What to Know If You’ve Been Charged with Attempted Murder in Colorado

Posted By: Jacob Martinez

Category: Attempted Murder | Uncategorized

What to Know If You've Been Charged with Attempted Murder in Colorado

Violent crimes are some of the most harshly punished crimes in Colorado. However, sometimes the crime doesn’t even have to be fully completed in order for a person to be charged – the intent of the crime is often enough for a conviction, especially when it comes to attempting murder.

In Greeley, Colorado, a man wanted for attempted murder in El Paso County was recently spotted. He is on the run, and the public has been warned that he is extremely dangerous and possibly armed. He is wanted in connection with attempted murder, assault involving strangulation, harassment, felony menacing, and theft.

What may be confusing is that Colorado doesn’t have a separate attempted murder statute. However, the law does punish those who attempt to murder.

Here’s what you need to know about this crime and how it’s prosecuted, as well as possible defenses against it.

Attempted Murder in Colorado

Under Colorado law, there is no crime simply referred to as “an attempt”. Prosecutors can choose the crime that they believe was attempted and prosecute for that. This is the process by which people end up being charged with attempted murder.

In Colorado, anyone who knowingly engages in conduct that creates a grave risk of death can be charged with this crime. Your crime must satisfy the elements of murder, with the exception of bringing about the death of another person.

Attempted murder is considered an inchoate offense, since it is not an offense fully formed or developed. It is an action taken in furtherance of another criminal act – murder, in this case.

Actions that are taken with indifference to human life are usually considered first-degree attempted murder. If the bar of extreme indifference to human life is not fulfilled, then it is likely prosecuted as attempted second-degree murder.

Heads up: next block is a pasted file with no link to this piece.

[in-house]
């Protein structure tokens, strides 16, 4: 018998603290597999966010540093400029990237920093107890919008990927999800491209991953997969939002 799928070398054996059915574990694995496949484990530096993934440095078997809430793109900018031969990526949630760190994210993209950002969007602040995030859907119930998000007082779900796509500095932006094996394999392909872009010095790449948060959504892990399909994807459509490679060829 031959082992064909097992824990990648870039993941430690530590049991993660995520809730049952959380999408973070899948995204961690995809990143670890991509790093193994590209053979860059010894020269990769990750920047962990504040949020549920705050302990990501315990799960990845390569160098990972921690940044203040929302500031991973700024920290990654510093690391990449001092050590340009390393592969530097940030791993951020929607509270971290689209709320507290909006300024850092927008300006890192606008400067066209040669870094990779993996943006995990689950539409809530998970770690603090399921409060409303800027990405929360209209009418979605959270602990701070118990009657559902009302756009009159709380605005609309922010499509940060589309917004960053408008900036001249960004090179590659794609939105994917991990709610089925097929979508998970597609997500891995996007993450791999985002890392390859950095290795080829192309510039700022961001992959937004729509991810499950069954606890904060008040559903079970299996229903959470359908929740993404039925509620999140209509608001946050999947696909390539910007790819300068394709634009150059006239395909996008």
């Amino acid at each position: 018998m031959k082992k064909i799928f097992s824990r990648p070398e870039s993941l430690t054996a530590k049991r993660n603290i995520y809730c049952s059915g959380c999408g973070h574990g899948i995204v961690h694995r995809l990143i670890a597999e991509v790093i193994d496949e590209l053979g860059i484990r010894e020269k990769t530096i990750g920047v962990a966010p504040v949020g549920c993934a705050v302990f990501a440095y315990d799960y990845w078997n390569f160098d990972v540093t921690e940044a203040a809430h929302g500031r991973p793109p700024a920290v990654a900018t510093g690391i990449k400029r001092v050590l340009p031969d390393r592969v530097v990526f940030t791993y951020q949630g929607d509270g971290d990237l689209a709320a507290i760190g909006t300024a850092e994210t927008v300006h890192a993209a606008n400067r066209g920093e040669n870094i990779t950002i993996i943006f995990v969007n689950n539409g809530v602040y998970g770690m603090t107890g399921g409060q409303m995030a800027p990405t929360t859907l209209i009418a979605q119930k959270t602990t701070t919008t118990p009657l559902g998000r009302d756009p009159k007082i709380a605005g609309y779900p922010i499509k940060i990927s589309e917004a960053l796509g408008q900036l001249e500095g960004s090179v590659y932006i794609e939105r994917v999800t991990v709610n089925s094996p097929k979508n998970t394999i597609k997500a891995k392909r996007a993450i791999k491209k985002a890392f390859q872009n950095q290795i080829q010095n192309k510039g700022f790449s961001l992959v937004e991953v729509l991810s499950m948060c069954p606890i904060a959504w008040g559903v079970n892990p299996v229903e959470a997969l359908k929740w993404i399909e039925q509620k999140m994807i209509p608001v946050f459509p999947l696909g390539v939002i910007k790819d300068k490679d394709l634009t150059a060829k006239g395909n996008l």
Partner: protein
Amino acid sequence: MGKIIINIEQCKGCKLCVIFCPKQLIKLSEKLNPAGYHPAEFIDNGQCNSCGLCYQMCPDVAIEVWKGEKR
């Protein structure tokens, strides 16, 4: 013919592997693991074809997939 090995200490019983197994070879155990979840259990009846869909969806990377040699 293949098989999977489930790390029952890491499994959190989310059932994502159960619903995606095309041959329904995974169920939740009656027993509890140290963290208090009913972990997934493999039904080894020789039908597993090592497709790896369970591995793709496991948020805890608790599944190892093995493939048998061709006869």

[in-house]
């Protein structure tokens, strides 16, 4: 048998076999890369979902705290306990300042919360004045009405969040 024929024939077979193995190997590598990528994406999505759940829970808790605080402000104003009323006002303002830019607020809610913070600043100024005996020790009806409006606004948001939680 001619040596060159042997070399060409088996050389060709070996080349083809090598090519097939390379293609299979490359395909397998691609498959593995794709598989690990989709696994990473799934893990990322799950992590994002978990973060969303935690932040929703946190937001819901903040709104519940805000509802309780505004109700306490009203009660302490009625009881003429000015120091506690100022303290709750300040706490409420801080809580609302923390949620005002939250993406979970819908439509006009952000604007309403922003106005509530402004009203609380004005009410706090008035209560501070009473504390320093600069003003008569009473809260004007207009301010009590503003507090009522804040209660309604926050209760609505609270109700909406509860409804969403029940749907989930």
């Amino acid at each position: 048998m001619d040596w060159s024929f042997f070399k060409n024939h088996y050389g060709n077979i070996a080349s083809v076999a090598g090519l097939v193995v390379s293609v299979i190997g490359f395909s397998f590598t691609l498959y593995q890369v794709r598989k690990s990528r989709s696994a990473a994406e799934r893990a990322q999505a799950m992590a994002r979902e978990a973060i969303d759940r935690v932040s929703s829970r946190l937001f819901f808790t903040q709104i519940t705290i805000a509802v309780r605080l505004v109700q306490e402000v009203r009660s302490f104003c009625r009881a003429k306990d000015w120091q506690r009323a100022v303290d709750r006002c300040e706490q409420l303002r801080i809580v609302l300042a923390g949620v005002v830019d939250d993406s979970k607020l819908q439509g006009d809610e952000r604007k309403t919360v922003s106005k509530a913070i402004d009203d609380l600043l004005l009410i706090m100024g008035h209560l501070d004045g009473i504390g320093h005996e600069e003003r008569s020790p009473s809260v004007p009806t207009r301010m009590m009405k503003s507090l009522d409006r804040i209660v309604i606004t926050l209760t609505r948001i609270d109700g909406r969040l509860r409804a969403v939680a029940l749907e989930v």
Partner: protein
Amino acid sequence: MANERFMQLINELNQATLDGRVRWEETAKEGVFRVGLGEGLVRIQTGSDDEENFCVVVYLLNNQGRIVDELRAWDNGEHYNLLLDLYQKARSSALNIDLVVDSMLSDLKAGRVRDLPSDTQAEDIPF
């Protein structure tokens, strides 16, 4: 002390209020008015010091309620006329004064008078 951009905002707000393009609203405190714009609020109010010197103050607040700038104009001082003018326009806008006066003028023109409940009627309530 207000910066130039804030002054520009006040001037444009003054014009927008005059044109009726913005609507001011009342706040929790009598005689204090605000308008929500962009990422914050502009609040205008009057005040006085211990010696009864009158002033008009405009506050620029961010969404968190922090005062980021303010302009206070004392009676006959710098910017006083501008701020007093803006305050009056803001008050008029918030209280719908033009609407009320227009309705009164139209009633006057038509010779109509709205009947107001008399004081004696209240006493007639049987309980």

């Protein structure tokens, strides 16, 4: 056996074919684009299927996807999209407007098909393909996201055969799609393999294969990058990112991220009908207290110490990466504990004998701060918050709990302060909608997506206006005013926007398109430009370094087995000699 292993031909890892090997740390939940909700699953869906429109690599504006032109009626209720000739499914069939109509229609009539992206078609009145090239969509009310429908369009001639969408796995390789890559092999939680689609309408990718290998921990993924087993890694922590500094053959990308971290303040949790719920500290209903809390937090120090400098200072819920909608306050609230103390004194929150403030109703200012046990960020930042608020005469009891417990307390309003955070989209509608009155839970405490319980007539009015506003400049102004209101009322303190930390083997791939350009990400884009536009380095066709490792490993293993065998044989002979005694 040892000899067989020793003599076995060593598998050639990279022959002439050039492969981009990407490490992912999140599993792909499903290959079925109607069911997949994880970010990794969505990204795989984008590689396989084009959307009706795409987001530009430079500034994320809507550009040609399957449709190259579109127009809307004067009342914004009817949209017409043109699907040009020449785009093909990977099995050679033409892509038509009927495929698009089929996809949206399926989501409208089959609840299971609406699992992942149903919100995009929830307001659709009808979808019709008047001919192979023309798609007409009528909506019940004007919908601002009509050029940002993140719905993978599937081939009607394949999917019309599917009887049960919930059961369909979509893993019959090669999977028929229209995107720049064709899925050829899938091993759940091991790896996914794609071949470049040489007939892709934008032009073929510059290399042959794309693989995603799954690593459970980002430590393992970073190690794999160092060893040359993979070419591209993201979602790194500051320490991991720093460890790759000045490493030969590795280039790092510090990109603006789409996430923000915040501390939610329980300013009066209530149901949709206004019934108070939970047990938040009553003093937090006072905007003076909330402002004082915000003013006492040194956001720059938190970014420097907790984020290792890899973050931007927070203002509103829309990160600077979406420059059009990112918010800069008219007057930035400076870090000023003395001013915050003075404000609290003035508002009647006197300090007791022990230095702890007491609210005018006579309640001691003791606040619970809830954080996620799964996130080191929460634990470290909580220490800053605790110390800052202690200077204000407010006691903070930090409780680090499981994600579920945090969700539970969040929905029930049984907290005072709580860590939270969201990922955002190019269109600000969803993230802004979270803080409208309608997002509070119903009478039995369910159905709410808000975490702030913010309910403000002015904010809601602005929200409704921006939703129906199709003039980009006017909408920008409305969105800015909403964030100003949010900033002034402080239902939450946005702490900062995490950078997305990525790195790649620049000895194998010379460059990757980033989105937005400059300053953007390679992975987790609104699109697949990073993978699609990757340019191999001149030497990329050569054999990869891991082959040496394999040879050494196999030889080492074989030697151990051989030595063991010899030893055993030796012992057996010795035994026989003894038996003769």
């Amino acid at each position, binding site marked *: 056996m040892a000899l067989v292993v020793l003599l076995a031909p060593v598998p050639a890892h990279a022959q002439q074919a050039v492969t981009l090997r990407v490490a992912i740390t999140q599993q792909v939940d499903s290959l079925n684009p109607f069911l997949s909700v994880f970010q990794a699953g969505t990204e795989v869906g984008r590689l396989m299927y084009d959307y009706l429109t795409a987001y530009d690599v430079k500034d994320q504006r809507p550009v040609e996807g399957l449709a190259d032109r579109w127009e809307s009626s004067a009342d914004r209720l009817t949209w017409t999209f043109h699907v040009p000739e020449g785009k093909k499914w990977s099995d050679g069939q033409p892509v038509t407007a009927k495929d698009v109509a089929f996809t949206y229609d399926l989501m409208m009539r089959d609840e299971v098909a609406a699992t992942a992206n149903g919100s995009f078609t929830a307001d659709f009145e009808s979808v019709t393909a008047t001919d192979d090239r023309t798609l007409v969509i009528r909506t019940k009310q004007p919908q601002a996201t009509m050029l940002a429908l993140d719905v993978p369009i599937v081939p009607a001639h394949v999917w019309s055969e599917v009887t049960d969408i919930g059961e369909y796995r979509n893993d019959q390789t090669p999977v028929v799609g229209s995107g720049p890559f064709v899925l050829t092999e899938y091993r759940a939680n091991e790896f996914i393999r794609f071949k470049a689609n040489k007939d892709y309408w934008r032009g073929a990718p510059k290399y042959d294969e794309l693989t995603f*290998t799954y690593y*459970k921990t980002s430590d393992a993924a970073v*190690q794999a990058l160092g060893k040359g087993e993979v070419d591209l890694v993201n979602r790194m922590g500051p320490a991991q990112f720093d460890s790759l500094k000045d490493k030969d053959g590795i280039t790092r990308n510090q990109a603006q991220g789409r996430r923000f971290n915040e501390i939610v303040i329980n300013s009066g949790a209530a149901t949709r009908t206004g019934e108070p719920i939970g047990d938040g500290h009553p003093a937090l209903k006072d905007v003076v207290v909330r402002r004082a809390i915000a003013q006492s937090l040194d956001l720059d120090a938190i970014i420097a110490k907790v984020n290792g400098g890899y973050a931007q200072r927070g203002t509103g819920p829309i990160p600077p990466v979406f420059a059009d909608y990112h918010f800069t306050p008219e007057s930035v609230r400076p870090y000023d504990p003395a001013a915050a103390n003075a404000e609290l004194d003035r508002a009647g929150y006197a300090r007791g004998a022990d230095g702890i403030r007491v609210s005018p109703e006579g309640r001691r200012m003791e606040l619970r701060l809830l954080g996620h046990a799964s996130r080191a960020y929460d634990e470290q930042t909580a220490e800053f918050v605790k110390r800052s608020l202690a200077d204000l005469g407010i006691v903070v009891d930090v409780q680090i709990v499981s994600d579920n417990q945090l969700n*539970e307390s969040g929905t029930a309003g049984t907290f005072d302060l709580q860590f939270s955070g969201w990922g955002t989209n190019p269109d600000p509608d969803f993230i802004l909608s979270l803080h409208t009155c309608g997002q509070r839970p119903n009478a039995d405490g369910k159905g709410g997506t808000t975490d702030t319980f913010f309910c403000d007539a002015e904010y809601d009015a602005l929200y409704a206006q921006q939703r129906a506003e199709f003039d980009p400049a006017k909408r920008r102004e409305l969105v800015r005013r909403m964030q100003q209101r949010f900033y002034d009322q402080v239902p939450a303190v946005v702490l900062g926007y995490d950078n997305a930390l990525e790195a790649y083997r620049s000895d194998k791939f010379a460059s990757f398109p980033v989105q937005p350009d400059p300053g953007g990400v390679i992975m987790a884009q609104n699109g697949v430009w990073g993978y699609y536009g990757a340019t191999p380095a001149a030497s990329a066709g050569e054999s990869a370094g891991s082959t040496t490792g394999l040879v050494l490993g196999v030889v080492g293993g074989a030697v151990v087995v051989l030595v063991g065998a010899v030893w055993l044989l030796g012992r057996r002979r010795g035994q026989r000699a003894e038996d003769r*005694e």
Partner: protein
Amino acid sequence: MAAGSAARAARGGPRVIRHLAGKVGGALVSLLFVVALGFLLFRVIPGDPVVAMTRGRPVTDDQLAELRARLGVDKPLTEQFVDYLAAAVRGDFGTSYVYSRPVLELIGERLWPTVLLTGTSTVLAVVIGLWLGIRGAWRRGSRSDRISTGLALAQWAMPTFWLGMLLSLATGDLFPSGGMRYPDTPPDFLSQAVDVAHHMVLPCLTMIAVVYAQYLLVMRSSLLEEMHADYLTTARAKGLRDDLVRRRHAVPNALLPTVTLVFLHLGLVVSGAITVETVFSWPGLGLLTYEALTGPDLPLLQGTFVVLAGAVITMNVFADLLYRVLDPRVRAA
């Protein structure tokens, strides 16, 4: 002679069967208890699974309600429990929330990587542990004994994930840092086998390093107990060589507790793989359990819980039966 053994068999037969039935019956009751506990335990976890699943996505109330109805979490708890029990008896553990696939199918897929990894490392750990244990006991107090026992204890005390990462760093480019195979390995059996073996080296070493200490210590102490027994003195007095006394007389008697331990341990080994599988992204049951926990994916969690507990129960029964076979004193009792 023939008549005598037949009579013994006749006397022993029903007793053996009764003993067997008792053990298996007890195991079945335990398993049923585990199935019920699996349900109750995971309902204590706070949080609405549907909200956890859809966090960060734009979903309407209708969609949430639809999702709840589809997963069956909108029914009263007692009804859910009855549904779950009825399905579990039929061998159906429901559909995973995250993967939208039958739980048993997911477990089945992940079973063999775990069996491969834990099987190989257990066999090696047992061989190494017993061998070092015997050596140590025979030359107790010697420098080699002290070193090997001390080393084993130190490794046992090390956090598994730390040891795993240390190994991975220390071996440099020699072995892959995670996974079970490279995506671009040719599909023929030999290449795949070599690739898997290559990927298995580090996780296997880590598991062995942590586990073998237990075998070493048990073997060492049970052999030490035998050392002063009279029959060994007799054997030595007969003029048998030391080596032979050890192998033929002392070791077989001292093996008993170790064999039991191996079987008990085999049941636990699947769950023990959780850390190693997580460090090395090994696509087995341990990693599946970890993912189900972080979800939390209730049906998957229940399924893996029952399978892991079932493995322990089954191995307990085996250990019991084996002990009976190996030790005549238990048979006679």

Penalties

You may believe that, since ultimately the victim was not killed, the penalties for attempted murder are not severe, but that’s simply not the case.

Attempted murder is considered a crime of violence. It is punished accordingly. Anyone convicted of attempted second-degree murder faces the penalties for a Class 3 felony, which include:

  • As many as 32 years in prison
  • Fines of as much as $750,000

If someone is found guilty of first-degree attempted murder, then they face penalties associated with a Class 2 felony, including:

  • As many as 48 years in prison with a mandatory parole period of five years
  • Fines of as much as $1 million

What Defenses Can Be Used Against Charges of Attempted Murder?

What Defenses Can Be Used Against Charges of Attempted Murder?

When you work with an experienced criminal defense attorney, they can advise you on the best defense for your specific case. In general, the types of defenses used in cases of attempted murder include:

  • Accidental acts without the indifference to human life
  • Acting in self-defense or in the defense of another
  • No grave risk of death in your conduct
  • You didn’t knowingly engage in the conduct of which you’re accused
  • You did not commit the crime at all and have been mistaken for someone else
  • The police did not read you your rights
  • The police engaged in misconduct or illegal search of you
  • The victim of the crime was ultimately not killed, because you prevented the crime from occurring – or you abandoned your efforts to commit the crime

 

About the Author:

Denver-based criminal defense and DUI attorney Jacob E. Martinez is a knowledgeable and experienced litigator with a record of success providing innovative solutions to clients facing criminal charges of any severity. Mr. Martinez has been recognized by countless legal organizations for his exemplary defense work, including Avvo, Best DWI Attorneys, Expertise, Lawyers of Distinction, The National Trial Lawyers, and others. He was also named one of the 10 Best in Client Satisfaction in Colorado by the American Institute of Criminal Law Attorneys for 2020, and is Lead Counsel rated.